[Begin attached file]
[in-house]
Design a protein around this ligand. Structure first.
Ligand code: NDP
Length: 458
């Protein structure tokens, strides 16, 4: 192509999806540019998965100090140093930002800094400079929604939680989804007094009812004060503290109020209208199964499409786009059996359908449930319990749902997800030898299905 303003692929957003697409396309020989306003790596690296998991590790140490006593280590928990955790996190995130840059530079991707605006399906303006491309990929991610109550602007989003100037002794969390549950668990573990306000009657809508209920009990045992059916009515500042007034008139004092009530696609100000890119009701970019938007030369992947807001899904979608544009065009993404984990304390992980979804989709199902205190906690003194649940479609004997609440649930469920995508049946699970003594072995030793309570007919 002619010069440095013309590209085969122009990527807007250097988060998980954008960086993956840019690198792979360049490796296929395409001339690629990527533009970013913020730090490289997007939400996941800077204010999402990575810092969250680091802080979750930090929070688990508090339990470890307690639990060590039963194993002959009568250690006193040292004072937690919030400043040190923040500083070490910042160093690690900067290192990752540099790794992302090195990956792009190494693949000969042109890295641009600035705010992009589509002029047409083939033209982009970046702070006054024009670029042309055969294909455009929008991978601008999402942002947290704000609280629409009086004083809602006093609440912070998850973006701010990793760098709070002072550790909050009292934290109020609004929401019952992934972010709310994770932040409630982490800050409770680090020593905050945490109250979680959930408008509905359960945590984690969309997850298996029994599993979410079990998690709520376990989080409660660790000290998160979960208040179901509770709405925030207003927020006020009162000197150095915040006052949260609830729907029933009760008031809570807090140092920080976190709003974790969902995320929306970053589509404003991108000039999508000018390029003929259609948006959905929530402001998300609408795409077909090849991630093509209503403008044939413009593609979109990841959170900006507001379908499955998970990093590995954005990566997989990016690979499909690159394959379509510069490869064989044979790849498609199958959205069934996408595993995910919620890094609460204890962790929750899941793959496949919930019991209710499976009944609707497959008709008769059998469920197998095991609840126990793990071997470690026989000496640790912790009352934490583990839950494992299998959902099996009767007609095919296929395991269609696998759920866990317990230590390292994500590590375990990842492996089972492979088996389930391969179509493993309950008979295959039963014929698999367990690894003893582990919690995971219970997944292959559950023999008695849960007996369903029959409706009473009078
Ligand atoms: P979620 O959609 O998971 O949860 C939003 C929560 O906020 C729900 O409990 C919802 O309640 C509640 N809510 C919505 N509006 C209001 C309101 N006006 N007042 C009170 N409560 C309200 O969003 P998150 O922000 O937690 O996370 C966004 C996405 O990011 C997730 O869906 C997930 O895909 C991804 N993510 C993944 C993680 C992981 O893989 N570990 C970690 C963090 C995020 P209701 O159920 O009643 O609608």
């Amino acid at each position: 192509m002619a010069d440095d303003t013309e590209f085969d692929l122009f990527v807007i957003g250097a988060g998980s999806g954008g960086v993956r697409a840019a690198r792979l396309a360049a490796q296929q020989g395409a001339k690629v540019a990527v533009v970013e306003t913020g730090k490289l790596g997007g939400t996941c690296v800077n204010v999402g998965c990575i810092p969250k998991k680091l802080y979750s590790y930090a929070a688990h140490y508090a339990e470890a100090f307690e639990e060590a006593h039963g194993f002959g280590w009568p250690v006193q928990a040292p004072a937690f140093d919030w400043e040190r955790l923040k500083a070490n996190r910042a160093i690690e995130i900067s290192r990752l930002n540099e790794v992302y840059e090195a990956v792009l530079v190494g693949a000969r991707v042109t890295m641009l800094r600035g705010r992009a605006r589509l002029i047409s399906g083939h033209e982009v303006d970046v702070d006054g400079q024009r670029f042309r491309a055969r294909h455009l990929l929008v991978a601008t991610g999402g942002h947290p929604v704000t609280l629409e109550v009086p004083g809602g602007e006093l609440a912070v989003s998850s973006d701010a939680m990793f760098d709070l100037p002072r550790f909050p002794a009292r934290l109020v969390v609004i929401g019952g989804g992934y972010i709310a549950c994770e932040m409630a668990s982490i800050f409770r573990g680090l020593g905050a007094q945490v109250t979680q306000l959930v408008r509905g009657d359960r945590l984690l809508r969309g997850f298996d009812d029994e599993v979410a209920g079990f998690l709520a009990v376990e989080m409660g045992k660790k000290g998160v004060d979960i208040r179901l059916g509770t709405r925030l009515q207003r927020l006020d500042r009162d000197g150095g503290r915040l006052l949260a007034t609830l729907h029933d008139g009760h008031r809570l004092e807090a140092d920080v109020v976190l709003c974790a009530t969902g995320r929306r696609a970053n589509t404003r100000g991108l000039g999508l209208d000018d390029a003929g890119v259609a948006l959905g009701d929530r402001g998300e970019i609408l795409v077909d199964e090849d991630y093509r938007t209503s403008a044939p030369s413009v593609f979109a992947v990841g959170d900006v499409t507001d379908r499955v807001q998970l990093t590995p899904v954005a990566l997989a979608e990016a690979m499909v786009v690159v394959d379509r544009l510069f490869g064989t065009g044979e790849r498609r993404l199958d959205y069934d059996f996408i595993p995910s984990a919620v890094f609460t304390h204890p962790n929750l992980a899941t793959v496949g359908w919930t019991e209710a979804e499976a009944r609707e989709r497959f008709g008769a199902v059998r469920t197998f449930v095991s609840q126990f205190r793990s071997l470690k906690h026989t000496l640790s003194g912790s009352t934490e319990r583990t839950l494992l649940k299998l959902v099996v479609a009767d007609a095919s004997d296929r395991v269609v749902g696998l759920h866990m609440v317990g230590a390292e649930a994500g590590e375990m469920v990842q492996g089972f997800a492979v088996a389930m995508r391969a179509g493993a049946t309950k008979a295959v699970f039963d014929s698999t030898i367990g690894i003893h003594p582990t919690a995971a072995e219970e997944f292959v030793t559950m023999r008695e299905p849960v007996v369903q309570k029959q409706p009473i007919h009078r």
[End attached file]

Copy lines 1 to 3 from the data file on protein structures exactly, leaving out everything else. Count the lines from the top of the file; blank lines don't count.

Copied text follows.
[in-house]
Design a protein around this ligand. Structure first.
Ligand code: NDP